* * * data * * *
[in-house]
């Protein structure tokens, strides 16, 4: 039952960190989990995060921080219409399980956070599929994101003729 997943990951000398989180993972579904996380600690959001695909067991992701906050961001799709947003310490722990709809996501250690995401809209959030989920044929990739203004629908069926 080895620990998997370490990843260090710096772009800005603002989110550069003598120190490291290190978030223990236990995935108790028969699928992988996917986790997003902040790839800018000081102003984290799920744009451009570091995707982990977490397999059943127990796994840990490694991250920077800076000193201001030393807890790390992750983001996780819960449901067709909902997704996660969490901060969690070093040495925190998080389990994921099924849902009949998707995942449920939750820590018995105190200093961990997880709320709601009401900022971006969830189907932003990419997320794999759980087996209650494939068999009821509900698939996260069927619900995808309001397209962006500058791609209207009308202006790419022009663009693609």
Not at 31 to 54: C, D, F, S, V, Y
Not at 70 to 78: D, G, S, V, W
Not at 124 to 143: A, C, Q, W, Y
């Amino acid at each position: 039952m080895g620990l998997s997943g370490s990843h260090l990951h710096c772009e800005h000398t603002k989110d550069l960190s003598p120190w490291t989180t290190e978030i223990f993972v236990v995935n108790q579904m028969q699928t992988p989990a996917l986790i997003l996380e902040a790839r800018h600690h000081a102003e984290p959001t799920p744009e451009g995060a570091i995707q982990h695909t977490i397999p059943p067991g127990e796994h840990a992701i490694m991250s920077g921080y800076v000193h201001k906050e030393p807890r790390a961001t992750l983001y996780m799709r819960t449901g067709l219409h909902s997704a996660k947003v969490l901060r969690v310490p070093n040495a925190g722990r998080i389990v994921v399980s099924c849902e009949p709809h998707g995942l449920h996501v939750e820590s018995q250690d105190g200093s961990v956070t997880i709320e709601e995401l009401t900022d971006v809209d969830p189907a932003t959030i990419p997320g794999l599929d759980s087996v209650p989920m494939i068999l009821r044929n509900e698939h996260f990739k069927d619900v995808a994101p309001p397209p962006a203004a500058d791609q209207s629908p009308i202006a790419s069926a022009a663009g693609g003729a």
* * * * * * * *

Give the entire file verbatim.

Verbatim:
[in-house]
């Protein structure tokens, strides 16, 4: 039952960190989990995060921080219409399980956070599929994101003729 997943990951000398989180993972579904996380600690959001695909067991992701906050961001799709947003310490722990709809996501250690995401809209959030989920044929990739203004629908069926 080895620990998997370490990843260090710096772009800005603002989110550069003598120190490291290190978030223990236990995935108790028969699928992988996917986790997003902040790839800018000081102003984290799920744009451009570091995707982990977490397999059943127990796994840990490694991250920077800076000193201001030393807890790390992750983001996780819960449901067709909902997704996660969490901060969690070093040495925190998080389990994921099924849902009949998707995942449920939750820590018995105190200093961990997880709320709601009401900022971006969830189907932003990419997320794999759980087996209650494939068999009821509900698939996260069927619900995808309001397209962006500058791609209207009308202006790419022009663009693609």
Not at 31 to 54: C, D, F, S, V, Y
Not at 70 to 78: D, G, S, V, W
Not at 124 to 143: A, C, Q, W, Y
């Amino acid at each position: 039952m080895g620990l998997s997943g370490s990843h260090l990951h710096c772009e800005h000398t603002k989110d550069l960190s003598p120190w490291t989180t290190e978030i223990f993972v236990v995935n108790q579904m028969q699928t992988p989990a996917l986790i997003l996380e902040a790839r800018h600690h000081a102003e984290p959001t799920p744009e451009g995060a570091i995707q982990h695909t977490i397999p059943p067991g127990e796994h840990a992701i490694m991250s920077g921080y800076v000193h201001k906050e030393p807890r790390a961001t992750l983001y996780m799709r819960t449901g067709l219409h909902s997704a996660k947003v969490l901060r969690v310490p070093n040495a925190g722990r998080i389990v994921v399980s099924c849902e009949p709809h998707g995942l449920h996501v939750e820590s018995q250690d105190g200093s961990v956070t997880i709320e709601e995401l009401t900022d971006v809209d969830p189907a932003t959030i990419p997320g794999l599929d759980s087996v209650p989920m494939i068999l009821r044929n509900e698939h996260f990739k069927d619900v995808a994101p309001p397209p962006a203004a500058d791609q209207s629908p009308i202006a790419s069926a022009a663009g693609g003729a």